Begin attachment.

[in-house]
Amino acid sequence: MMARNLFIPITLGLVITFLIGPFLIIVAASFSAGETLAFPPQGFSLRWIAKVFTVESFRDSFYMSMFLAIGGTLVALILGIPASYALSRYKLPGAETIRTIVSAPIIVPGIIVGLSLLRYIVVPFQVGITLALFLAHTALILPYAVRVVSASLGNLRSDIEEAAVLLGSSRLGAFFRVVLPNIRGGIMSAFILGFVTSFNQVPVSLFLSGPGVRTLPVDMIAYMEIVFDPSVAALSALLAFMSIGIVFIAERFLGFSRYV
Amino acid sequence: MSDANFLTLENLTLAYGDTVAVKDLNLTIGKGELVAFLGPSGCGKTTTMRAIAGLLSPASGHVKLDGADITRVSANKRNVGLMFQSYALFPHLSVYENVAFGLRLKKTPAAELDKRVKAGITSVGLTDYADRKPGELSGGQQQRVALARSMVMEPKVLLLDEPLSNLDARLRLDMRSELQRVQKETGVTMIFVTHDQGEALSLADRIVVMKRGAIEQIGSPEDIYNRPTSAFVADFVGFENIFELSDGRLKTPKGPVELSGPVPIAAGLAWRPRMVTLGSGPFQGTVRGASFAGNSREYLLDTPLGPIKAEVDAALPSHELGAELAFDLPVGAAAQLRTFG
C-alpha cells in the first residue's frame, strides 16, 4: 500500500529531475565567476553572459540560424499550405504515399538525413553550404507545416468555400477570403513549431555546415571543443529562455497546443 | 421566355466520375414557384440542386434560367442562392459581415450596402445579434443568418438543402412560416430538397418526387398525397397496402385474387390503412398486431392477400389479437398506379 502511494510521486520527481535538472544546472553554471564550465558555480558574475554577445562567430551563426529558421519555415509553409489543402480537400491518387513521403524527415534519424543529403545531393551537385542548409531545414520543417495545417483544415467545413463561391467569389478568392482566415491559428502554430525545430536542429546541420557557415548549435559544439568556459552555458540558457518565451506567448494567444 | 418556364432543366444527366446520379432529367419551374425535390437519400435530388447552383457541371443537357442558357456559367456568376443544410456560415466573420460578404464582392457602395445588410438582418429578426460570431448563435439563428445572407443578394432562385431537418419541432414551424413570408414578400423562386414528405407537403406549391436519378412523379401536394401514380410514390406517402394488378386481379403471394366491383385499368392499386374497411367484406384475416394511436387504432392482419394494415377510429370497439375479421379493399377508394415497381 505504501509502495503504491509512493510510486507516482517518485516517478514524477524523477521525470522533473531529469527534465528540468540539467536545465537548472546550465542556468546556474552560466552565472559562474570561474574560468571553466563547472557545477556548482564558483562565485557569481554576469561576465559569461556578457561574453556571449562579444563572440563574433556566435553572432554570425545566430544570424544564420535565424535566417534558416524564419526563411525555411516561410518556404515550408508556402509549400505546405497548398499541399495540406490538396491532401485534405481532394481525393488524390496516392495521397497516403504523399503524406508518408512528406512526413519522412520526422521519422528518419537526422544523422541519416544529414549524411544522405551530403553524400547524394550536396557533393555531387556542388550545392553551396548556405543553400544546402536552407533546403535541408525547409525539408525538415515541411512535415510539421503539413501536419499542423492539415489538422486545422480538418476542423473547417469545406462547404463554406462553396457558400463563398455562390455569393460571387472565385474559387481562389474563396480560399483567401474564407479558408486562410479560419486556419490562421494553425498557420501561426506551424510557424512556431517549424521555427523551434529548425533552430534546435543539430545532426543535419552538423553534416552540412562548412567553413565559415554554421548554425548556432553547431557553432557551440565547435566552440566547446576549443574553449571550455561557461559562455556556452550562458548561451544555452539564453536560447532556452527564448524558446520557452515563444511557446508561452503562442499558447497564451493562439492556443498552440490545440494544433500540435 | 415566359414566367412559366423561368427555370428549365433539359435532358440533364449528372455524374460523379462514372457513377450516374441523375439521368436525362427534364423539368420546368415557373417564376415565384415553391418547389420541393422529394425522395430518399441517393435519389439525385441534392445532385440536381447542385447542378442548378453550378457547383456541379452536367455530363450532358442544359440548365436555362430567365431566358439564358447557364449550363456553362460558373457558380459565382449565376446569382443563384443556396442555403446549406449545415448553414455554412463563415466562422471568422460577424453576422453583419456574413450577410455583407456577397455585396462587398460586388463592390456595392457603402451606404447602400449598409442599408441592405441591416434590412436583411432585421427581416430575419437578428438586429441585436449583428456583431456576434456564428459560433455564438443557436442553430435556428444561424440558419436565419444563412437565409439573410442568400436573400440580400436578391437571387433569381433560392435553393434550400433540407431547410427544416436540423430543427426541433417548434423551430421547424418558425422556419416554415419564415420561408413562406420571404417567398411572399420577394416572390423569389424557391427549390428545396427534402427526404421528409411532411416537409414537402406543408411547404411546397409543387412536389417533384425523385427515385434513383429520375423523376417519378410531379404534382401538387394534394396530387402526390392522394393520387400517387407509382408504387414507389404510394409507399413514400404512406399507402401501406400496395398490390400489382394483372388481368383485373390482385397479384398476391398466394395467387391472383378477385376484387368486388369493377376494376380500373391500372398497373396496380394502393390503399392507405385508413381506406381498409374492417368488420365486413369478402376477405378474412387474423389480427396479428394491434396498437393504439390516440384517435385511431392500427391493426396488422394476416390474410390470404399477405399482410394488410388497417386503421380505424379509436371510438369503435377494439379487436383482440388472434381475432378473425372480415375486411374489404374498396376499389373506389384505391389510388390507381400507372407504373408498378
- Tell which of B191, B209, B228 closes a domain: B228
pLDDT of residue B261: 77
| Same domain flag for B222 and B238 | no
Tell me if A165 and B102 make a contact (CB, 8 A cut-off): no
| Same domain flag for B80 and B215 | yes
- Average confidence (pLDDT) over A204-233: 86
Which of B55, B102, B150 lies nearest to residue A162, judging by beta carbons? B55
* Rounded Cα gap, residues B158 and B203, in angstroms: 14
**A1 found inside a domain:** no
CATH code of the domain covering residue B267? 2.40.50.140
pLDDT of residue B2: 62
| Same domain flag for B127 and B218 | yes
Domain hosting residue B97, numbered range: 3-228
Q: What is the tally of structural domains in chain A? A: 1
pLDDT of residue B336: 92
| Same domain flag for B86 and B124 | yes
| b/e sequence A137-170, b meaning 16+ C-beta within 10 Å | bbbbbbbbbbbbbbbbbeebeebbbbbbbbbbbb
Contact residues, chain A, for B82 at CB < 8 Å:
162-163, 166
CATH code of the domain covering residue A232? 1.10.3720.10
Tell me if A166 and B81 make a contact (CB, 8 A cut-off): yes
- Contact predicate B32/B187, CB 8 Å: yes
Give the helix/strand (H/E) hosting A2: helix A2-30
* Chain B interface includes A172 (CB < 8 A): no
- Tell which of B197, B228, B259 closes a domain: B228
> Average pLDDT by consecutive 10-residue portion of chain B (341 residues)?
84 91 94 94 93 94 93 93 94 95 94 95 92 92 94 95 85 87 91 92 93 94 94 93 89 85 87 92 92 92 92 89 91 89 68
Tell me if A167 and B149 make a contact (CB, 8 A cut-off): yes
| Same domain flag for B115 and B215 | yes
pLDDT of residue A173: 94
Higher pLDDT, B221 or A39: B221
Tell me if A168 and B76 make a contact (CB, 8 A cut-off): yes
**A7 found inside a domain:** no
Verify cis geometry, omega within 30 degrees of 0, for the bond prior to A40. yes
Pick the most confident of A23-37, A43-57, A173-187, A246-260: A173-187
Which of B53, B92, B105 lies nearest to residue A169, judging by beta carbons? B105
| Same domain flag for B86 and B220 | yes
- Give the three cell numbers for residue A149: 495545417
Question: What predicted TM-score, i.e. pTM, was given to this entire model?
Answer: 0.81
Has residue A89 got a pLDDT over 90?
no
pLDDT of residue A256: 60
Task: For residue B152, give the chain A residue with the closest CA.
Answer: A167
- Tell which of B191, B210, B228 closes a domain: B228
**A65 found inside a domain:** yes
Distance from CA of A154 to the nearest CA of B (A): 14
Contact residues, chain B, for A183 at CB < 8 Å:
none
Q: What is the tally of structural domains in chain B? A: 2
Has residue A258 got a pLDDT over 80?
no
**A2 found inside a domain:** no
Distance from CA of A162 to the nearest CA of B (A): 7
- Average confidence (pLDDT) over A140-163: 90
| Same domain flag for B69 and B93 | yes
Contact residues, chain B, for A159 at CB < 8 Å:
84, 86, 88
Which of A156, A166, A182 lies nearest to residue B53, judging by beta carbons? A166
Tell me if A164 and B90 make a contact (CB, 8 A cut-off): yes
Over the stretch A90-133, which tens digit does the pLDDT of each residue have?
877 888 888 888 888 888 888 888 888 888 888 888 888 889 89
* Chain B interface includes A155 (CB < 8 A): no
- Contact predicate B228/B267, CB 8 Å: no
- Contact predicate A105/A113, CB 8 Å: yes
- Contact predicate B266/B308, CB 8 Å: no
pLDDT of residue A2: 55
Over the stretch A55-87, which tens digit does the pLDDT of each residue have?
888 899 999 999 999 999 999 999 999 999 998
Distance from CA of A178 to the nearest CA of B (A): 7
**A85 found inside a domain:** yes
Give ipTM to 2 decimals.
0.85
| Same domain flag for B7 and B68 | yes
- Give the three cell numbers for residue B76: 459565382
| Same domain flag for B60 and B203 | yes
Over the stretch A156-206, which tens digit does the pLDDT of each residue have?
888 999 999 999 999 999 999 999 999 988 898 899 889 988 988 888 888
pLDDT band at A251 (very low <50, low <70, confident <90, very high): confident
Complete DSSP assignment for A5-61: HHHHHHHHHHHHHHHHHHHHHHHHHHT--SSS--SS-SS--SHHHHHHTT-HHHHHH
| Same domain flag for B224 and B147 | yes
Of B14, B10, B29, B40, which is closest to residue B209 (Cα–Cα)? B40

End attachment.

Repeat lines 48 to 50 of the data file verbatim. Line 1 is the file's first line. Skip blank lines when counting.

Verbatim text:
Task: For residue B152, give the chain A residue with the closest CA.
Answer: A167
- Tell which of B191, B210, B228 closes a domain: B228